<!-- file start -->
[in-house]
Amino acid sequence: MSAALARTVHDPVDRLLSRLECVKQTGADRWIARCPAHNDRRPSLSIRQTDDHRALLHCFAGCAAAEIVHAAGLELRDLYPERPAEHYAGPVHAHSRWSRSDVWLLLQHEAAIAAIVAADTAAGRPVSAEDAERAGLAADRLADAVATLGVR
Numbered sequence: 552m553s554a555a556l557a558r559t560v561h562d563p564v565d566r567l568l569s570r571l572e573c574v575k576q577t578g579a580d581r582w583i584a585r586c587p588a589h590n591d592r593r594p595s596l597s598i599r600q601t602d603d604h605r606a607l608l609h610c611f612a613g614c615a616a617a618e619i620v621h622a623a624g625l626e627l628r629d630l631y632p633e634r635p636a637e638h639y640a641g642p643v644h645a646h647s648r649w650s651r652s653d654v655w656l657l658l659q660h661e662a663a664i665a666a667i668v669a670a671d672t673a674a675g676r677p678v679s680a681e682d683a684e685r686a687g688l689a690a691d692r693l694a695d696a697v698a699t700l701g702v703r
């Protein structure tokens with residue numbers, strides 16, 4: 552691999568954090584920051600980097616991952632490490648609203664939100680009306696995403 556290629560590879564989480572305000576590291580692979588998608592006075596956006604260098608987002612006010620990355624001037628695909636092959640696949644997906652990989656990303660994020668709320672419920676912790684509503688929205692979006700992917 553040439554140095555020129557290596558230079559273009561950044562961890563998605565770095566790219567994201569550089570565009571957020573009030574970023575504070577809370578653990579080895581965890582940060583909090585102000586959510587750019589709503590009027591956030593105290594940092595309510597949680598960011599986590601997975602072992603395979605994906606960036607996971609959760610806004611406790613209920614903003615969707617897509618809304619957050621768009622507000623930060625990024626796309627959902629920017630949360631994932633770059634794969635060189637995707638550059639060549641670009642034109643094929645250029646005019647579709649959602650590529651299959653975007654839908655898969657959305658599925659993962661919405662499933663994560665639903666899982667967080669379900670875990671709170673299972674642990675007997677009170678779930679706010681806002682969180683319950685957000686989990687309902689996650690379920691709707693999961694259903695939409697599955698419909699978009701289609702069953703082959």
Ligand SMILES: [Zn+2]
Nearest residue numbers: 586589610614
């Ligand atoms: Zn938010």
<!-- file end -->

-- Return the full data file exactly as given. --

[in-house]
Amino acid sequence: MSAALARTVHDPVDRLLSRLECVKQTGADRWIARCPAHNDRRPSLSIRQTDDHRALLHCFAGCAAAEIVHAAGLELRDLYPERPAEHYAGPVHAHSRWSRSDVWLLLQHEAAIAAIVAADTAAGRPVSAEDAERAGLAADRLADAVATLGVR
Numbered sequence: 552m553s554a555a556l557a558r559t560v561h562d563p564v565d566r567l568l569s570r571l572e573c574v575k576q577t578g579a580d581r582w583i584a585r586c587p588a589h590n591d592r593r594p595s596l597s598i599r600q601t602d603d604h605r606a607l608l609h610c611f612a613g614c615a616a617a618e619i620v621h622a623a624g625l626e627l628r629d630l631y632p633e634r635p636a637e638h639y640a641g642p643v644h645a646h647s648r649w650s651r652s653d654v655w656l657l658l659q660h661e662a663a664i665a666a667i668v669a670a671d672t673a674a675g676r677p678v679s680a681e682d683a684e685r686a687g688l689a690a691d692r693l694a695d696a697v698a699t700l701g702v703r
């Protein structure tokens with residue numbers, strides 16, 4: 552691999568954090584920051600980097616991952632490490648609203664939100680009306696995403 556290629560590879564989480572305000576590291580692979588998608592006075596956006604260098608987002612006010620990355624001037628695909636092959640696949644997906652990989656990303660994020668709320672419920676912790684509503688929205692979006700992917 553040439554140095555020129557290596558230079559273009561950044562961890563998605565770095566790219567994201569550089570565009571957020573009030574970023575504070577809370578653990579080895581965890582940060583909090585102000586959510587750019589709503590009027591956030593105290594940092595309510597949680598960011599986590601997975602072992603395979605994906606960036607996971609959760610806004611406790613209920614903003615969707617897509618809304619957050621768009622507000623930060625990024626796309627959902629920017630949360631994932633770059634794969635060189637995707638550059639060549641670009642034109643094929645250029646005019647579709649959602650590529651299959653975007654839908655898969657959305658599925659993962661919405662499933663994560665639903666899982667967080669379900670875990671709170673299972674642990675007997677009170678779930679706010681806002682969180683319950685957000686989990687309902689996650690379920691709707693999961694259903695939409697599955698419909699978009701289609702069953703082959």
Ligand SMILES: [Zn+2]
Nearest residue numbers: 586589610614
């Ligand atoms: Zn938010």